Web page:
Indyk: The Israelis Hated Eastern European Missile Defense

At an American Enterprise Institute event today — “Should Israel Attack Iran?” (yes, they’re obviously trying to get peoples’ attention) — former Ambassador Martin Indyk revealed an interesting wrinkle to the story of Eastern European missile defense system, which the Obama administration canceled last month, a move conservatives have heavily criticized as — what else? — appeasement.

Recounting recent meetings with Israeli national security officials, Indyk said that “the Israelis were upset at the way that Bush had offended Russia with missile defense” in Eastern Europe. The Israelis, like many Americans and most of the rest of the world, saw the deployment of untested missile defense technology in Poland and the Czech Republic as needlessly provocative of Russia, whose support is seen as necessary for any effort to bring Iran’s nuclear program under control.

Speaking about President Obama’s engagement policy, Indyk said “The key to this strategy has always been Russia,” because of their close relationship with the Iranians, and Obama “is bringing them [the Russians] around.” After the administration announced the canceling of the missile defense system, Indyk said, the Russians told the Iranians “if you do not go along with the proposal to ship out low enriched uranium” to Russia for reprocessing, “then you will be on your own.”

President Obama’s diplomacy “is about trying to concert the international community into a solid block against the Iranian nuclear program such that the Iranians would see that it is not in their interest to pursue nuclear weapons.” Indyk said “That is what is happening now.”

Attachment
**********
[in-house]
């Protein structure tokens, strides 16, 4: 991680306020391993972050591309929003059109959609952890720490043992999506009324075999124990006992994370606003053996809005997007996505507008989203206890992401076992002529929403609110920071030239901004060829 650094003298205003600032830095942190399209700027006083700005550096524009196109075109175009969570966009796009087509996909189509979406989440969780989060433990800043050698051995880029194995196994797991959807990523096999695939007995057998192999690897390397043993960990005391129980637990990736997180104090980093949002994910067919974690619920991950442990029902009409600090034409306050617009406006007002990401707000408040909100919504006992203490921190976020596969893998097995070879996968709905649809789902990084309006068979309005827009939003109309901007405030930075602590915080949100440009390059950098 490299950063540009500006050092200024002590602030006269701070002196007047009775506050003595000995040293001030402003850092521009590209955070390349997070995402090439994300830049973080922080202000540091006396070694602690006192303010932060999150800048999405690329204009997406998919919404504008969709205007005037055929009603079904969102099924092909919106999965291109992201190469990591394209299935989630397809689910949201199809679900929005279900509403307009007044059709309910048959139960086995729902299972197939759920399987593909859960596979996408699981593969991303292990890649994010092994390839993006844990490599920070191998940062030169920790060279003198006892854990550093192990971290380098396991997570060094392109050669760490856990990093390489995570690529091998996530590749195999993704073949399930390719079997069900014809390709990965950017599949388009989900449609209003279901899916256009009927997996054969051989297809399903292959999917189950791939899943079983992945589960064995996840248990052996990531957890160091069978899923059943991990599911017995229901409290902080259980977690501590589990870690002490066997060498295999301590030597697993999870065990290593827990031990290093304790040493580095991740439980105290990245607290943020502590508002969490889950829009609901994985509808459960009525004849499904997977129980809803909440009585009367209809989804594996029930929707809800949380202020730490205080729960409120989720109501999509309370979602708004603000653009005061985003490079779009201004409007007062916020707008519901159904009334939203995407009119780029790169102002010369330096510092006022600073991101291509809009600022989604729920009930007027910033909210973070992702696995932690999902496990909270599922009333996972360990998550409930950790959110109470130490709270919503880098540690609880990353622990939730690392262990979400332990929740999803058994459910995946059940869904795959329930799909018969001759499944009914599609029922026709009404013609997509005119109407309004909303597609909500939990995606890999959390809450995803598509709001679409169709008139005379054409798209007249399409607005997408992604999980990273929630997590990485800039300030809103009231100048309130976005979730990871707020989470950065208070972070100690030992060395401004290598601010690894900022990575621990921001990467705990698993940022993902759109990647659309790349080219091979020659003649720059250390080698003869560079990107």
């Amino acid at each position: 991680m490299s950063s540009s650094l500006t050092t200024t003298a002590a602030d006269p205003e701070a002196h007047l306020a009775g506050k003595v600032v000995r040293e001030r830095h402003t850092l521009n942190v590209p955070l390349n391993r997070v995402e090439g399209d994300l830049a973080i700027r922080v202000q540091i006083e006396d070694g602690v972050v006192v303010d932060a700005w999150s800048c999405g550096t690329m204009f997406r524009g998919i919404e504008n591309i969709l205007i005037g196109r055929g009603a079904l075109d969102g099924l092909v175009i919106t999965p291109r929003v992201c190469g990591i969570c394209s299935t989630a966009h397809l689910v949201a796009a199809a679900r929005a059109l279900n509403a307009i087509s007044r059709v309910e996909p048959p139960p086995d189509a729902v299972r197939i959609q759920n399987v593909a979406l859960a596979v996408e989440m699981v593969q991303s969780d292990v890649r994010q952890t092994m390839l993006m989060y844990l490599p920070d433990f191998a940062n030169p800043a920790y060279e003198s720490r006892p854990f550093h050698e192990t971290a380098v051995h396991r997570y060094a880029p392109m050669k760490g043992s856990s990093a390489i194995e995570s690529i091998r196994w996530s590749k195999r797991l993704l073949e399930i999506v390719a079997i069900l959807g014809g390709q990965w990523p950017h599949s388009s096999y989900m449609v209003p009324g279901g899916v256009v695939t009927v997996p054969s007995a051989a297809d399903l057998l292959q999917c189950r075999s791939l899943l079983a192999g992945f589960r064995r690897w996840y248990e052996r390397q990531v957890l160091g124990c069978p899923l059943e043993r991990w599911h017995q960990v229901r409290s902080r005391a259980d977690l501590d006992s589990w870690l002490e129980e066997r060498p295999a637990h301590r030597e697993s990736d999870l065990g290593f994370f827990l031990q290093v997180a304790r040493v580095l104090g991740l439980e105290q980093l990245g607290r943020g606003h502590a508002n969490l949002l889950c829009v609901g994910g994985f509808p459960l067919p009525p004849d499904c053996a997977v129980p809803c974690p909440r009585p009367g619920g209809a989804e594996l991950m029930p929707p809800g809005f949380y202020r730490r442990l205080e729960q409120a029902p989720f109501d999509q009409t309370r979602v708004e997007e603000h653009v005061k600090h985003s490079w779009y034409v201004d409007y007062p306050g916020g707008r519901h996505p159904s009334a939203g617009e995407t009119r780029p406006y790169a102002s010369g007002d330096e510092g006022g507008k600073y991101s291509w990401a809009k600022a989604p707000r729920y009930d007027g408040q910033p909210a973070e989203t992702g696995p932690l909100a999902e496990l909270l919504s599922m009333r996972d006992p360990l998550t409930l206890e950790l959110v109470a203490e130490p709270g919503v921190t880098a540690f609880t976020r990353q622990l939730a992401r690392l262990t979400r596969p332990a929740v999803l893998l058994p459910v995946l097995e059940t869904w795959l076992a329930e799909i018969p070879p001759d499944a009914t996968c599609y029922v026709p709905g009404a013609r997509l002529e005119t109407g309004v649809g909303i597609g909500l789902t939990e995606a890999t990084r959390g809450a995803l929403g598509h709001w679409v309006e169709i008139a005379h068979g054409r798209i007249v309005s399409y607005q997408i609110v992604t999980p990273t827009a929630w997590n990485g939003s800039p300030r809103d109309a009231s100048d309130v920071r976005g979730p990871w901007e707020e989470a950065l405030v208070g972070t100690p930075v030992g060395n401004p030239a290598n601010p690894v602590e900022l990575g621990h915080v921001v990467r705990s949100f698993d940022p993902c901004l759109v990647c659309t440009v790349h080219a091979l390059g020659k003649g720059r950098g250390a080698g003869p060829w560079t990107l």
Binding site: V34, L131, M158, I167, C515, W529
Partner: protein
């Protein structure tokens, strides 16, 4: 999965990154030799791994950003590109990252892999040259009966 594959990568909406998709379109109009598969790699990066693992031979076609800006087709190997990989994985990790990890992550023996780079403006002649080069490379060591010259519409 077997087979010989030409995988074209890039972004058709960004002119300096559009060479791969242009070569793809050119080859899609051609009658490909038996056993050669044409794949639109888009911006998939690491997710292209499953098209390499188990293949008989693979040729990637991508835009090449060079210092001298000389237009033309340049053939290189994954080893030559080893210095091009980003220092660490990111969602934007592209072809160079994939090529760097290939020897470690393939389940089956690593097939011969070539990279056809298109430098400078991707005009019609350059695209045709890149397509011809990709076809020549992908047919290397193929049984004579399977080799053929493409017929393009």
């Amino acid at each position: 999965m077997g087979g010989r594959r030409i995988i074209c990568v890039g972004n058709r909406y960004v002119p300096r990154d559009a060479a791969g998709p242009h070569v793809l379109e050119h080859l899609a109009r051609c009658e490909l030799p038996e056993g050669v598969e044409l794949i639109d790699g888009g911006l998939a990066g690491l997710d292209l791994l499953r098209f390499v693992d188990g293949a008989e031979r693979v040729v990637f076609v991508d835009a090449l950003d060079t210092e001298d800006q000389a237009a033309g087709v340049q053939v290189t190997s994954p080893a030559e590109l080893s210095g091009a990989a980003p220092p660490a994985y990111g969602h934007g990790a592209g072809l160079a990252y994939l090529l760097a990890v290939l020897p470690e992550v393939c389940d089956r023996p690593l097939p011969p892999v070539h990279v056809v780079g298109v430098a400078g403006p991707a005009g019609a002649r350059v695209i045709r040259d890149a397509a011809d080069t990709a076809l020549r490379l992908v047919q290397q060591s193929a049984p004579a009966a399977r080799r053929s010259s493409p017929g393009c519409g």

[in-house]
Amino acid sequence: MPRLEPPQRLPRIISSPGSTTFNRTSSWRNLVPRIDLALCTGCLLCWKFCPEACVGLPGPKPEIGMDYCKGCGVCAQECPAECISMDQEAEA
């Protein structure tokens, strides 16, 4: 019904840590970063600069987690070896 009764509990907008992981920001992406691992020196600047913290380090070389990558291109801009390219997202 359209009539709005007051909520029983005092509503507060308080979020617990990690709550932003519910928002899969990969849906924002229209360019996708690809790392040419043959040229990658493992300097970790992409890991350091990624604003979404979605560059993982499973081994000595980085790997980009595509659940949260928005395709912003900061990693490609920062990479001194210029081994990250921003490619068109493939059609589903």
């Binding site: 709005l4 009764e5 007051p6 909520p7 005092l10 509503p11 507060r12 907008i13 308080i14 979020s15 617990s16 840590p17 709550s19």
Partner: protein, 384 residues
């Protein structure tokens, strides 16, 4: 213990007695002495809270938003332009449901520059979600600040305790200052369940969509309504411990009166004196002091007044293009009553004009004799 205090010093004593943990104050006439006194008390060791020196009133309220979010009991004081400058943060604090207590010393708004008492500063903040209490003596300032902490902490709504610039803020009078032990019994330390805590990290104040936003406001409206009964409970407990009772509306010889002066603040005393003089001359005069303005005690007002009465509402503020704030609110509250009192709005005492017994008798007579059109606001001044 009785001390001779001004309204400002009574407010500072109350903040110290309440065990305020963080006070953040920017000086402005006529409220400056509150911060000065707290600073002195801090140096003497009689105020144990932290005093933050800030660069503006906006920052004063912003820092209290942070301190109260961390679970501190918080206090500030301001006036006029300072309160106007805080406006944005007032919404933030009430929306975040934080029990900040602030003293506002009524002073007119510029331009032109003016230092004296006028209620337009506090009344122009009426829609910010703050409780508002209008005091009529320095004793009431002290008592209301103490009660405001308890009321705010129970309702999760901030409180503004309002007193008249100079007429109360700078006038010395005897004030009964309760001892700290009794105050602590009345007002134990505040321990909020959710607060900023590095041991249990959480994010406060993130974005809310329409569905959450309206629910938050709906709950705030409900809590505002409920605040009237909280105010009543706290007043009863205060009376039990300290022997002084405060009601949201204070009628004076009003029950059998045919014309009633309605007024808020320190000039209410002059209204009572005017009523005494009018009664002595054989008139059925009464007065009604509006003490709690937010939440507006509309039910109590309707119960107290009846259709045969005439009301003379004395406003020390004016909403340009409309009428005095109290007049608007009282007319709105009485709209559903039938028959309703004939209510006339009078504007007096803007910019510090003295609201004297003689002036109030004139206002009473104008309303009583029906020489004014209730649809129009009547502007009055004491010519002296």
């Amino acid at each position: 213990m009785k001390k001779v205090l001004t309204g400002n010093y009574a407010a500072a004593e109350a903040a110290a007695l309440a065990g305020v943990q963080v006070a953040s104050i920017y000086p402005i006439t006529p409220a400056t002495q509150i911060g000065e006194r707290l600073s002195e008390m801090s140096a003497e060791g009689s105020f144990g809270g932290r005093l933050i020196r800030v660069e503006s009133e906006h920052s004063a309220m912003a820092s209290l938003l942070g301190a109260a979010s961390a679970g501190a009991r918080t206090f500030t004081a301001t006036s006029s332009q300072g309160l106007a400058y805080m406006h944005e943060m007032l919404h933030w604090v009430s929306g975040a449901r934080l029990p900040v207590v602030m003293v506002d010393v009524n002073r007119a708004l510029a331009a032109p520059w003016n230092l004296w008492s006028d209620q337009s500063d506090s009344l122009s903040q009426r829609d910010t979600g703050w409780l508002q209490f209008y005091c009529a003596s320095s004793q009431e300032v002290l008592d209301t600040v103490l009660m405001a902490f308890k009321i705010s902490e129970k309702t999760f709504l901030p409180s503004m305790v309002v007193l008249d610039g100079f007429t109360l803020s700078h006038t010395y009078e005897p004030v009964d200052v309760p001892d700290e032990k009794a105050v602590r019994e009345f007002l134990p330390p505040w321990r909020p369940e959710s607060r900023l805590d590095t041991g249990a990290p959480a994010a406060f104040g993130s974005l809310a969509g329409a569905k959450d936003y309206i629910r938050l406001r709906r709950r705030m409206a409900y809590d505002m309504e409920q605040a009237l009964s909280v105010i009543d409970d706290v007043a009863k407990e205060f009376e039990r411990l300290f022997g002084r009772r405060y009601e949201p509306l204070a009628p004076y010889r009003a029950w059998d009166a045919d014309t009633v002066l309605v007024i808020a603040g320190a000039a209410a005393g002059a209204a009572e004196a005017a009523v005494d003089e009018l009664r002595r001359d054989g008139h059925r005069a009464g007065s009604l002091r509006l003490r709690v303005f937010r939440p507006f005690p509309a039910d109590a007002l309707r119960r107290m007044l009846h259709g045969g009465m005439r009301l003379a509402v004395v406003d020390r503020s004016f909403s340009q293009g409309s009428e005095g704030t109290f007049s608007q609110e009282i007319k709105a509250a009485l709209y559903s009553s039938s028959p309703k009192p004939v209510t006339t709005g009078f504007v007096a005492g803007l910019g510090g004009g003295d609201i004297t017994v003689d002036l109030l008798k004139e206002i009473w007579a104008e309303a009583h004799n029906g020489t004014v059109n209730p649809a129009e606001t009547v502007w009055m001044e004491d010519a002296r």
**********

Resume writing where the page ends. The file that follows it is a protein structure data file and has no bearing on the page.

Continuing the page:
Amb. John Bolton, who was one of the biggest critics of the administration’s canceling of the missile defense system, was dismissive. “The Iranians are never going to be talked out of that effort” to obtain nuclear weapons, he said. As to the question of whether Israel should attack, Bolton said only that he believed “the use of force is necessary.” Bolton did, however, say that he did not think Israel “need[ed] to, or should” use tactical nuclear weapons against Iran.

AEI analyst Michael Rubin, who has been pretty clear-eyed about the costs of military action, said that in the event of an attack either by the U.S. or Israel, “Iranians will rally around the flag.” As for the idea that the Iranian people would rise up against the regime after such an attack, Rubin said “it’s wishful thinking. The best thing that ever happened to Islamic revolution was Saddam Hussein’s invasion” in September 1980, which allowed the still-wobbly regime of Ayatollah Khomeini to unify the country and consolidate power.